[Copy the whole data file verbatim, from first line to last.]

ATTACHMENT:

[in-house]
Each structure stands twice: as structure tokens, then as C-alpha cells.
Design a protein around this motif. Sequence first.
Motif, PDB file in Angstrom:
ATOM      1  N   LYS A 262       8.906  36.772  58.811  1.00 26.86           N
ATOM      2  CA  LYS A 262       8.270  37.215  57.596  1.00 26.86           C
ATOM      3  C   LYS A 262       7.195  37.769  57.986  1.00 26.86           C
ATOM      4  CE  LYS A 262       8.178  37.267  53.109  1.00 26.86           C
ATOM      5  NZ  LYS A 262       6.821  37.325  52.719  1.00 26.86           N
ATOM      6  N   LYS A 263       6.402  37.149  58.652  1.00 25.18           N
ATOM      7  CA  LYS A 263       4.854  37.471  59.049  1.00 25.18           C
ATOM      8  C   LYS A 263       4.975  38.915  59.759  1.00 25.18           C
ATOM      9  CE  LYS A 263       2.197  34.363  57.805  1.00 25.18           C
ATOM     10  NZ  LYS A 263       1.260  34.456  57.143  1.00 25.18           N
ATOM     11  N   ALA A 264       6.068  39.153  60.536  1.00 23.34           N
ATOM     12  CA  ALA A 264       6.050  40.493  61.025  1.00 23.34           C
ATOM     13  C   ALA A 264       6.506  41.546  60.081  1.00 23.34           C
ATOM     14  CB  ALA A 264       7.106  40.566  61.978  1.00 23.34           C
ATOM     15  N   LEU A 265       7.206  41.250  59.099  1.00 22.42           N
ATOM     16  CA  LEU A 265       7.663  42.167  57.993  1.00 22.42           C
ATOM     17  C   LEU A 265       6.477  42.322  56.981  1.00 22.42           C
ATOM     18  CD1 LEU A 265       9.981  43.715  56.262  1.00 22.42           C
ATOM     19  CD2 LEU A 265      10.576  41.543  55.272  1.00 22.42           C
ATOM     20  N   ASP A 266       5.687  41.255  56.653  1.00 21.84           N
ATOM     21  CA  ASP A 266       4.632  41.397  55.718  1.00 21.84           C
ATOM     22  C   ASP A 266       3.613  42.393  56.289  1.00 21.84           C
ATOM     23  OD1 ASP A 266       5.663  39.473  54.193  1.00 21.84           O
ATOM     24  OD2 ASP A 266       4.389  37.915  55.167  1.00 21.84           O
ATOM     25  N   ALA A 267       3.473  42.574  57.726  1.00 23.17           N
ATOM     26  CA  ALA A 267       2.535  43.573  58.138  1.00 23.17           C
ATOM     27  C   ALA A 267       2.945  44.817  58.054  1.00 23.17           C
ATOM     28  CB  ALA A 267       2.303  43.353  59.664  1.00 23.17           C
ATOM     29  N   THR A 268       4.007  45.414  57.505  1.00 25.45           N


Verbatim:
[in-house]
Each structure stands twice: as structure tokens, then as C-alpha cells.
Design a protein around this motif. Sequence first.
Motif, PDB file in Angstrom:
ATOM      1  N   LYS A 262       8.906  36.772  58.811  1.00 26.86           N
ATOM      2  CA  LYS A 262       8.270  37.215  57.596  1.00 26.86           C
ATOM      3  C   LYS A 262       7.195  37.769  57.986  1.00 26.86           C
ATOM      4  CE  LYS A 262       8.178  37.267  53.109  1.00 26.86           C
ATOM      5  NZ  LYS A 262       6.821  37.325  52.719  1.00 26.86           N
ATOM      6  N   LYS A 263       6.402  37.149  58.652  1.00 25.18           N
ATOM      7  CA  LYS A 263       4.854  37.471  59.049  1.00 25.18           C
ATOM      8  C   LYS A 263       4.975  38.915  59.759  1.00 25.18           C
ATOM      9  CE  LYS A 263       2.197  34.363  57.805  1.00 25.18           C
ATOM     10  NZ  LYS A 263       1.260  34.456  57.143  1.00 25.18           N
ATOM     11  N   ALA A 264       6.068  39.153  60.536  1.00 23.34           N
ATOM     12  CA  ALA A 264       6.050  40.493  61.025  1.00 23.34           C
ATOM     13  C   ALA A 264       6.506  41.546  60.081  1.00 23.34           C
ATOM     14  CB  ALA A 264       7.106  40.566  61.978  1.00 23.34           C
ATOM     15  N   LEU A 265       7.206  41.250  59.099  1.00 22.42           N
ATOM     16  CA  LEU A 265       7.663  42.167  57.993  1.00 22.42           C
ATOM     17  C   LEU A 265       6.477  42.322  56.981  1.00 22.42           C
ATOM     18  CD1 LEU A 265       9.981  43.715  56.262  1.00 22.42           C
ATOM     19  CD2 LEU A 265      10.576  41.543  55.272  1.00 22.42           C
ATOM     20  N   ASP A 266       5.687  41.255  56.653  1.00 21.84           N
ATOM     21  CA  ASP A 266       4.632  41.397  55.718  1.00 21.84           C
ATOM     22  C   ASP A 266       3.613  42.393  56.289  1.00 21.84           C
ATOM     23  OD1 ASP A 266       5.663  39.473  54.193  1.00 21.84           O
ATOM     24  OD2 ASP A 266       4.389  37.915  55.167  1.00 21.84           O
ATOM     25  N   ALA A 267       3.473  42.574  57.726  1.00 23.17           N
ATOM     26  CA  ALA A 267       2.535  43.573  58.138  1.00 23.17           C
ATOM     27  C   ALA A 267       2.945  44.817  58.054  1.00 23.17           C
ATOM     28  CB  ALA A 267       2.303  43.353  59.664  1.00 23.17           C
ATOM     29  N   THR A 268       4.007  45.414  57.505  1.00 25.45           N